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Temple Math Club is an active club within Temple University, which organizes weekly events on Thursdays 5:00 PM to 6 PM. The meeting room is Wachman Hall 617. Any undergraduate, graduate, faculty, or staff member may attend these meetings and collaborations with other organizations are always welcome!
The mission of the Math Club at Temple University is to build a scholarly community of students and faculty with a passion for mathematics and to popularize this field through a series of activities promoting appreciation and understanding of the role mathematics plays in science, nature, technology, and human culture. To join or enjoy the Math Club one does not need to be the next Euler or Archimedes; one must simply have the interest and ability to find the fun in logic.
We invite speakers (undergraduates, graduates, and faculty) from the University and surrounding institutions to present on various mathematics and applied science fields with the hope to inspire our math, science, engineering majors and all other math enthusiasts. We also offer professional development opportunities within the field of mathematics. We organize events outside of campus, such as watching Math/Science movies, and with other organizations.
Club officers:
Faculty Advisors:
Director of Undergraduate Studies:
Graduate Student Advisor:
You may contact the club through the president, Christopher Heitmann, at tun50098@temple.edu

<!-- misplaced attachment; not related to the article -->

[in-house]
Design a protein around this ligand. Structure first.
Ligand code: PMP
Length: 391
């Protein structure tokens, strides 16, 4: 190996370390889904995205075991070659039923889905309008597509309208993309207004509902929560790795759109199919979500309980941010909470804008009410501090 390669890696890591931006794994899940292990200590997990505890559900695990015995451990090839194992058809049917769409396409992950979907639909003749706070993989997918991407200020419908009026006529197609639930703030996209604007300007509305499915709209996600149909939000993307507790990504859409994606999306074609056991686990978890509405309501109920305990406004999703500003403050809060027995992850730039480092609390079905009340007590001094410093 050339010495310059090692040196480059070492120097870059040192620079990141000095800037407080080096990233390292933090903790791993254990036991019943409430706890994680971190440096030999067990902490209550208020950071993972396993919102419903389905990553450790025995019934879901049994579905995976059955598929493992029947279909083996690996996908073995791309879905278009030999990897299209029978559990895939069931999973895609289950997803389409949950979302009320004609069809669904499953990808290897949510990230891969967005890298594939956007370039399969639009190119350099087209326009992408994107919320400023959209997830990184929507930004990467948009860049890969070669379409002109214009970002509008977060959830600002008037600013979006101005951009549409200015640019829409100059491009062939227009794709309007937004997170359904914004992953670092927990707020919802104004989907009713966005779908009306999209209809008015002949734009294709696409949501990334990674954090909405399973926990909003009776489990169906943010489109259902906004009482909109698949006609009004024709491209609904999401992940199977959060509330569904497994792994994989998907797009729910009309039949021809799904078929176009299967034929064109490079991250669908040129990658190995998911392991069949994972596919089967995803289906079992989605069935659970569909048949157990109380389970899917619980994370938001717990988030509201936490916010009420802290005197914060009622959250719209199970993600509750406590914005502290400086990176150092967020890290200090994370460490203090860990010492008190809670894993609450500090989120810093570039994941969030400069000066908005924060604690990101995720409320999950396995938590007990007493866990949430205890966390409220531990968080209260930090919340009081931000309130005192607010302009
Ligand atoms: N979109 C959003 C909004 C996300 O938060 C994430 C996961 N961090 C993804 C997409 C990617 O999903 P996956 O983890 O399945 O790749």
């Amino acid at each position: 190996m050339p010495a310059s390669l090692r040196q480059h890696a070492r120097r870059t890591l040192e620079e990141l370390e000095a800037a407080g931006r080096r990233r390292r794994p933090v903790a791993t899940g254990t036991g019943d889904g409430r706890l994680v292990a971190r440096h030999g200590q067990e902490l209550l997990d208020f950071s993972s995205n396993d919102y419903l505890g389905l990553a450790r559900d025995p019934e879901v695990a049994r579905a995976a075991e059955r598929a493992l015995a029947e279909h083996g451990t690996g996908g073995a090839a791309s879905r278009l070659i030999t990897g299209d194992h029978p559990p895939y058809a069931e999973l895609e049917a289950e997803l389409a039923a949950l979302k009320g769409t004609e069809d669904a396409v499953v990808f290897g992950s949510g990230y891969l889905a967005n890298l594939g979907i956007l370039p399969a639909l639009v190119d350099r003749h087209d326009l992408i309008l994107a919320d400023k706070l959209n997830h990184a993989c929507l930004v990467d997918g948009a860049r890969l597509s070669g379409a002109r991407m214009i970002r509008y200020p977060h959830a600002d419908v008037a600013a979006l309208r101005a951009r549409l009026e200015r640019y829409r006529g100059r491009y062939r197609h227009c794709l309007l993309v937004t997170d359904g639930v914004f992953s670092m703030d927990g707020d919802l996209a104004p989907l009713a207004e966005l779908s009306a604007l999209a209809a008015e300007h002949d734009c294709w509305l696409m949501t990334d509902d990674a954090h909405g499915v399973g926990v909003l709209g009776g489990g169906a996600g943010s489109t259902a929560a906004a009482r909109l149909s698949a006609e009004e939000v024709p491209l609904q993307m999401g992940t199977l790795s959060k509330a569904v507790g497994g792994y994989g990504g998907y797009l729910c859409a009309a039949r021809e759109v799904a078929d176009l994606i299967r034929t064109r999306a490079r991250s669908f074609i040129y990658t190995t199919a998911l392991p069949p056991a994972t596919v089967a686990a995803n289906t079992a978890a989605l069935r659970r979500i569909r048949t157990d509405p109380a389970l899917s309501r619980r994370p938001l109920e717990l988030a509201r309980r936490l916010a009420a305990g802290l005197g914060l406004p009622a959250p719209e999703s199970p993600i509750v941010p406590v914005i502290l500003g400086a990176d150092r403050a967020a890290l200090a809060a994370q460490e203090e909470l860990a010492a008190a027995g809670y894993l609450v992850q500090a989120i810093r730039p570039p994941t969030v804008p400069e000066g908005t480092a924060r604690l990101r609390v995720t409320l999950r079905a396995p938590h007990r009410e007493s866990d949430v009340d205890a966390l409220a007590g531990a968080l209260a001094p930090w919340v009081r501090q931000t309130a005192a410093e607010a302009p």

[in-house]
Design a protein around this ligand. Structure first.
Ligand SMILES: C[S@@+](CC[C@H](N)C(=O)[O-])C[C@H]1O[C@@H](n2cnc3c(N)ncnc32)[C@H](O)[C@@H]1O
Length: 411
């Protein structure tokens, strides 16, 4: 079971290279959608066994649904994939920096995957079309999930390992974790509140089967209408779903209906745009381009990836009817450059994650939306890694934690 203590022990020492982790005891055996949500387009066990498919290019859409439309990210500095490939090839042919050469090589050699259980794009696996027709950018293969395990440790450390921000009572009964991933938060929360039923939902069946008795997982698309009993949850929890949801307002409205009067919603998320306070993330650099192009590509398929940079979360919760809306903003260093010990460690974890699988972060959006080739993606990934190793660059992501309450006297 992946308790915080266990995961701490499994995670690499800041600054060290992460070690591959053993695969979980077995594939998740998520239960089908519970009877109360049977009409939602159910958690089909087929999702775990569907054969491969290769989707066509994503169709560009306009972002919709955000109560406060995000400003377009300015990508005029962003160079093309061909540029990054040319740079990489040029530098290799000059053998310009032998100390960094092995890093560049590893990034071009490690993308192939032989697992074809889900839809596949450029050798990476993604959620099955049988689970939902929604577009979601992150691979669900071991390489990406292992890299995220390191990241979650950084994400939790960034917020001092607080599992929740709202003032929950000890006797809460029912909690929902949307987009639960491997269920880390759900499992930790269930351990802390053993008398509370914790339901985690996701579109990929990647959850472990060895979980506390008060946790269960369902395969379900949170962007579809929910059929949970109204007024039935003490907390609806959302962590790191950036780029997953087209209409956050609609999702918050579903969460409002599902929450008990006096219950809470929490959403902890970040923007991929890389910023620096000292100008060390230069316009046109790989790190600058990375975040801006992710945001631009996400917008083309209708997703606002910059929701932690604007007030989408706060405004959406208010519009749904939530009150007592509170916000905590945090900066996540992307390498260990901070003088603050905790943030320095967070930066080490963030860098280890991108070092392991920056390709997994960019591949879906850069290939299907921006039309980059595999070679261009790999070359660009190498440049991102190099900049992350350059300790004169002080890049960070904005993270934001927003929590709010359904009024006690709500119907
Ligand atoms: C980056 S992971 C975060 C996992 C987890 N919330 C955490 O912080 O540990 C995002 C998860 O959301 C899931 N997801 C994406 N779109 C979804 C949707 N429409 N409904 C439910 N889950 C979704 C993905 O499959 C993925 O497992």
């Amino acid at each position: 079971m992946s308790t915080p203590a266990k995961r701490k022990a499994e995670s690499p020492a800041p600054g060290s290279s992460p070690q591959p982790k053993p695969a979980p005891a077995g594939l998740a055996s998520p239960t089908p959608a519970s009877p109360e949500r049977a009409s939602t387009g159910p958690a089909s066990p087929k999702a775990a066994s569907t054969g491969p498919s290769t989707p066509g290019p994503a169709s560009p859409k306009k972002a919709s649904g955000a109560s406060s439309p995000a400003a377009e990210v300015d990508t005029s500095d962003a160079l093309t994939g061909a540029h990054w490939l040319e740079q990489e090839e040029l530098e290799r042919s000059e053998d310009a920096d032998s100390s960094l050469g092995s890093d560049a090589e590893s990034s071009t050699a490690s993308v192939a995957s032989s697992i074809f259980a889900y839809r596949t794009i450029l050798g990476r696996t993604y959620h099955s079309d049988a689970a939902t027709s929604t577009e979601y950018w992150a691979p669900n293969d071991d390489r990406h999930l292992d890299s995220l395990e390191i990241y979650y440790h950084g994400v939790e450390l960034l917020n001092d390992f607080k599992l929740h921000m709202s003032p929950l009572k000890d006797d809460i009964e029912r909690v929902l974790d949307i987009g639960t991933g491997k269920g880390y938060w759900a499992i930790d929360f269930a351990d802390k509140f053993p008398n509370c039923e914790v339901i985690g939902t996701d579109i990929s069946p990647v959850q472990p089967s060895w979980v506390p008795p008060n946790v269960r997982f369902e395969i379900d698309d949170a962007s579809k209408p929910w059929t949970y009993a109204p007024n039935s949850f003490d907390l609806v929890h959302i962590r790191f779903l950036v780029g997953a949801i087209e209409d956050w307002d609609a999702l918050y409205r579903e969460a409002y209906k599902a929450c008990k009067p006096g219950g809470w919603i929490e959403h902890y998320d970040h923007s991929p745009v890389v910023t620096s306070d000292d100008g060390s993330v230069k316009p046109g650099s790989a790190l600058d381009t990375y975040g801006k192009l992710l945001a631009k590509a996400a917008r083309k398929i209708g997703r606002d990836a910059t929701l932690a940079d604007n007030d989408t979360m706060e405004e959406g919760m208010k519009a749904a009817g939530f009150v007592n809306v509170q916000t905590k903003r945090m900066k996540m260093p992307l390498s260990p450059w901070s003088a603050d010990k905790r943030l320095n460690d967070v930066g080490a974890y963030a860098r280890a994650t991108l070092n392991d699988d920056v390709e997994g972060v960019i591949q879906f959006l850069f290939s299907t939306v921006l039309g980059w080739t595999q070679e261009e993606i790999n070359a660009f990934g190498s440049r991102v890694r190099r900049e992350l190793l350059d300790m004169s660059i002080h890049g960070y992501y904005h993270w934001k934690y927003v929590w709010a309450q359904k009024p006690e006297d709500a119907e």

The first meeting of the Temple Math Club this semester will consist, as usual, of math puzzles and games. And of course there will be free pizza!
The meeting will be on Thursday from 5 pm – 6 pm in Wachman 617.
At this week’s meeting of the Temple Math Club, I’ll be giving an introduction to Python. I’ll introduce the basic syntax and use some previous Weekly Challenge coding problems as examples. If you’d like to program along, I’d recommend installing Python 3 (at https://www.python.org/) ahead of time. I’d also recommend installing an IDE (I’m a fan of PyCharm, which is freely available: https://www.jetbrains.com/pycharm/). And, of course, there will be free pizza!
The talk will be on Thursday from 5 pm – 6 pm in Wachman 617.
This meeting of the Math Club will feature an information session about how undergraduates can get involved in research in the math department. Any student interested in research but not sure how to get started should consider attending. And, of course, there will be free pizza!